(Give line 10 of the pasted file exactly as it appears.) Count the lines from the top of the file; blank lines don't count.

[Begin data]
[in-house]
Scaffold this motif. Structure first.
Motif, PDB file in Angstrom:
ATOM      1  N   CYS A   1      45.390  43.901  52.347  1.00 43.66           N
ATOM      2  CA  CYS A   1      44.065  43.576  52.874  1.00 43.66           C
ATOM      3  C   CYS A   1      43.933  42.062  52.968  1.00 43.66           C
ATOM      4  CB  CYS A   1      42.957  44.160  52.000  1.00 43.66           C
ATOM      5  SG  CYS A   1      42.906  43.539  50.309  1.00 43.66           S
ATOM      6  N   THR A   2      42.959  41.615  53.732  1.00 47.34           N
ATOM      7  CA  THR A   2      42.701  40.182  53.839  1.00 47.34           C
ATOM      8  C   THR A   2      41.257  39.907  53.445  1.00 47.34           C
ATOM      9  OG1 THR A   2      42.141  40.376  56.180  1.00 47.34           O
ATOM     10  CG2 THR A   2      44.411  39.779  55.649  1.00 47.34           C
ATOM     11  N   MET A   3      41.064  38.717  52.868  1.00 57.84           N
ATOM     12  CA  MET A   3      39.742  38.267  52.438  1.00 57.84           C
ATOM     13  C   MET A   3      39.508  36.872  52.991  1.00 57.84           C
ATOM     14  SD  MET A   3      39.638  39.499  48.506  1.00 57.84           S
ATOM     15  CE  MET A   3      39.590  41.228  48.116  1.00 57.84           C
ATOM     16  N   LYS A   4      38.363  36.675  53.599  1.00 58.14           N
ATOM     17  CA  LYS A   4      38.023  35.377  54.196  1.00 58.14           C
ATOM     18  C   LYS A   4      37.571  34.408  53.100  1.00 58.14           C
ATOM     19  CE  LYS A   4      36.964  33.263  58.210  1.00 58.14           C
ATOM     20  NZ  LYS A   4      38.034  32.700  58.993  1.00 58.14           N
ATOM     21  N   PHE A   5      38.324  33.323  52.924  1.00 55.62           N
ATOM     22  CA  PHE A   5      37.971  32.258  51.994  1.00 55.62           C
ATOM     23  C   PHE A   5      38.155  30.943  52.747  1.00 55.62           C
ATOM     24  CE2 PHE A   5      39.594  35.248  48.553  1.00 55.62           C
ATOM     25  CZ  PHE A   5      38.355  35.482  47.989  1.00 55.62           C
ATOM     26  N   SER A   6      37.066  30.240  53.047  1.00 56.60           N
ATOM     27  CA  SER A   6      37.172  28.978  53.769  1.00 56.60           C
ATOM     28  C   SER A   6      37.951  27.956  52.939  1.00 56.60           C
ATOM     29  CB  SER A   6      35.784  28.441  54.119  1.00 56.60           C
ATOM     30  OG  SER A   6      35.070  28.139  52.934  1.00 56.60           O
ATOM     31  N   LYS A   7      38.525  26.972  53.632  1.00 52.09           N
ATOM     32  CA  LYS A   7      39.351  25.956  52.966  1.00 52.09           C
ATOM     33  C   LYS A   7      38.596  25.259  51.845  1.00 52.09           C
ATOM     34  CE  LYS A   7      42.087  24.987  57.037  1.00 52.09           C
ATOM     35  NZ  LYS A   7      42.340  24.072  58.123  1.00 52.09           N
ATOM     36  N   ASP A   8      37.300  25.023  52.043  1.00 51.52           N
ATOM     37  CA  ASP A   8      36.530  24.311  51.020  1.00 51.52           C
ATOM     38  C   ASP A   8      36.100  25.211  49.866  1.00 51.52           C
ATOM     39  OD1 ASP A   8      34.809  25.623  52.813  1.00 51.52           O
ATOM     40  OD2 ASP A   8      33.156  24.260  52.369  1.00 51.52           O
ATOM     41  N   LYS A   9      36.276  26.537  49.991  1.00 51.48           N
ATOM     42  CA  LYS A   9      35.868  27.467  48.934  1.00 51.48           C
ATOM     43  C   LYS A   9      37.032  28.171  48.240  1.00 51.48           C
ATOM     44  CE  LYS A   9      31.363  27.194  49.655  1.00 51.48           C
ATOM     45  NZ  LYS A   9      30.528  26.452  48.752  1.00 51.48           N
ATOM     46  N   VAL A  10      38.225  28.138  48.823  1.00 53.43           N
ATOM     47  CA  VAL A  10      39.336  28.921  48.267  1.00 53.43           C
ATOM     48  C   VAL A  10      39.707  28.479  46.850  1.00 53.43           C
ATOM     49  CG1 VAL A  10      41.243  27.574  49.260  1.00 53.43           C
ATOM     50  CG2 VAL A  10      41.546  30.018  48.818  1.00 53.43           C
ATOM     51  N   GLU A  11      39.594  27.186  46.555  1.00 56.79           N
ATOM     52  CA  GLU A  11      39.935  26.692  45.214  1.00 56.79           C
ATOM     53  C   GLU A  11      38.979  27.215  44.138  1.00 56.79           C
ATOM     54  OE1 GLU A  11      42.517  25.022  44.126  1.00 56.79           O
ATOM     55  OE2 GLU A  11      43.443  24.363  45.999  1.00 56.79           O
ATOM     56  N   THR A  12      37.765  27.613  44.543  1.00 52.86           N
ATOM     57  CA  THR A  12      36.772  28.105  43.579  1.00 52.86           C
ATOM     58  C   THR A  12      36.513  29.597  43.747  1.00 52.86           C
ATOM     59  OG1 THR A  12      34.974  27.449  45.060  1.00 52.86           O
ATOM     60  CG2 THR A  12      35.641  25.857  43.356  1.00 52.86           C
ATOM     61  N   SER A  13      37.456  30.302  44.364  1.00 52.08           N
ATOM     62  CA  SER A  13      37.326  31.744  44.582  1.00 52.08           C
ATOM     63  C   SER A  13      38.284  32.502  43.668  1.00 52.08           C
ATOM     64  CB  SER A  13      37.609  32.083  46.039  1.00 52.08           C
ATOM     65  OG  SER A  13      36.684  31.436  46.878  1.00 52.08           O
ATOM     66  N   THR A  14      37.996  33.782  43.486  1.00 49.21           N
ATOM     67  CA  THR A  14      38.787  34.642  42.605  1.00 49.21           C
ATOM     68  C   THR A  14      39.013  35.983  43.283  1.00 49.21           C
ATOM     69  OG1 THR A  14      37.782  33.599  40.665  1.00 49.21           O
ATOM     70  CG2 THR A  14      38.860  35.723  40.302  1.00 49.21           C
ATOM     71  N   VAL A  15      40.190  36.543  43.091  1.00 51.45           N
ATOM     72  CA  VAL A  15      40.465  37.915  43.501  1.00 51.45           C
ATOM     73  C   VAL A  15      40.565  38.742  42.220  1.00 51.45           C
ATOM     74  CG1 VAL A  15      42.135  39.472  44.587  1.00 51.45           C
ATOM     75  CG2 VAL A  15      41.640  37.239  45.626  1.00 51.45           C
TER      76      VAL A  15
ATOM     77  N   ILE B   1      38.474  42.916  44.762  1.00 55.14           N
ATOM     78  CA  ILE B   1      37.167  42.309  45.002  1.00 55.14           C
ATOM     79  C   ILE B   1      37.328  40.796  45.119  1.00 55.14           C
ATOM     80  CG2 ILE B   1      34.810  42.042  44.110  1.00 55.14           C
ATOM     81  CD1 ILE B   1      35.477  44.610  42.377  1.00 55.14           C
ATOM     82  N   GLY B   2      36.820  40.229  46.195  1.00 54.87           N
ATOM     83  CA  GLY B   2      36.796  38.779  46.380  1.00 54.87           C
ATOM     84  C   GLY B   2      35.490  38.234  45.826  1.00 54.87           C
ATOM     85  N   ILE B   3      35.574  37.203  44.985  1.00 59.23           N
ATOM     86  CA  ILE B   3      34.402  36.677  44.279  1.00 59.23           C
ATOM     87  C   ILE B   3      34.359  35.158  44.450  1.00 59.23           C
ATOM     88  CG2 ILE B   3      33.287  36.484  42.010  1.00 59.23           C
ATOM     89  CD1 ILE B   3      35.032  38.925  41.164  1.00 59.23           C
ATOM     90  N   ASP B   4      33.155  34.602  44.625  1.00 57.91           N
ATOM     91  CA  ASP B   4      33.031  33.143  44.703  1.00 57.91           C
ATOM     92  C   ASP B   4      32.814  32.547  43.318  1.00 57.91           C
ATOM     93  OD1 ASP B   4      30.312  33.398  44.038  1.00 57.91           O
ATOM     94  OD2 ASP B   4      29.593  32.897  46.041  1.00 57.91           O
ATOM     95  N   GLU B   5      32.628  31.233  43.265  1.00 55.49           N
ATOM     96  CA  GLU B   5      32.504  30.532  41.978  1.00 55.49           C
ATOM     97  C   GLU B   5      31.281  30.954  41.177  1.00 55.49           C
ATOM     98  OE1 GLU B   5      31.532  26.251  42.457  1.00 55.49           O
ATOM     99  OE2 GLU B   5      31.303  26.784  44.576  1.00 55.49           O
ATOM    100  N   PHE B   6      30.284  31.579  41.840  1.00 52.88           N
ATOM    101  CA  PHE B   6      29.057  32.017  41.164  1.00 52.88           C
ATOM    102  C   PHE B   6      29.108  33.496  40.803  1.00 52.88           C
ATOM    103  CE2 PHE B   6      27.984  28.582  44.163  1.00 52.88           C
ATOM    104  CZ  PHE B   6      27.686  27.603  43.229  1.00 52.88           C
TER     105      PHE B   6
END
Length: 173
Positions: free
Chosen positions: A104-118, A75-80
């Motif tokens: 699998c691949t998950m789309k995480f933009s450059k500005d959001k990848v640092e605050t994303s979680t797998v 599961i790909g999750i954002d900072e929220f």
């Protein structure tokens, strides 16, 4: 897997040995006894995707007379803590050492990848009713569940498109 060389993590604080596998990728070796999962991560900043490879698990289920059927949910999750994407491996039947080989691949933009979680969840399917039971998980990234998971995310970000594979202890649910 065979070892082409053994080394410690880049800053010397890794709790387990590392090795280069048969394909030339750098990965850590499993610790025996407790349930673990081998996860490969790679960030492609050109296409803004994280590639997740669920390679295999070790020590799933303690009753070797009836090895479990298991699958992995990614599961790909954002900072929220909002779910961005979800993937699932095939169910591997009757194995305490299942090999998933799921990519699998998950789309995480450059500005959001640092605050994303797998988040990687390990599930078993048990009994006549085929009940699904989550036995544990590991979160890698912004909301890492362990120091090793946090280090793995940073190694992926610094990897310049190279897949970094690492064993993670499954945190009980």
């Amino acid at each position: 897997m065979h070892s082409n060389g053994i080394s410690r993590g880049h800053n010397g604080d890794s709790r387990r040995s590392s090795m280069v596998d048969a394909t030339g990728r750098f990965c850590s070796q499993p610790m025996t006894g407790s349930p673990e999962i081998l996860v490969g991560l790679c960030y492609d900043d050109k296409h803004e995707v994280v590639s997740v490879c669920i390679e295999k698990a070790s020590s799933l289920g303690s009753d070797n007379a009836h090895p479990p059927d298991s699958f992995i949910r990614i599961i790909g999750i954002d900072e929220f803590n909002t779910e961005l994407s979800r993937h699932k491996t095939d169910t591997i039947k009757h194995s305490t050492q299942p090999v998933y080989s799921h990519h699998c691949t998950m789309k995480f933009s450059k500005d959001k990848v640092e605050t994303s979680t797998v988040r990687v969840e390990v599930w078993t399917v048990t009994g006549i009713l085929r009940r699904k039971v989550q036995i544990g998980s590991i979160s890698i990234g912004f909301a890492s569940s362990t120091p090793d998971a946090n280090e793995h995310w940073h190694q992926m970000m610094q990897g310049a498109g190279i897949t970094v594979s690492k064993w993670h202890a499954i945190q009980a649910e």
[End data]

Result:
ATOM      7  CA  THR A   2      42.701  40.182  53.839  1.00 47.34           C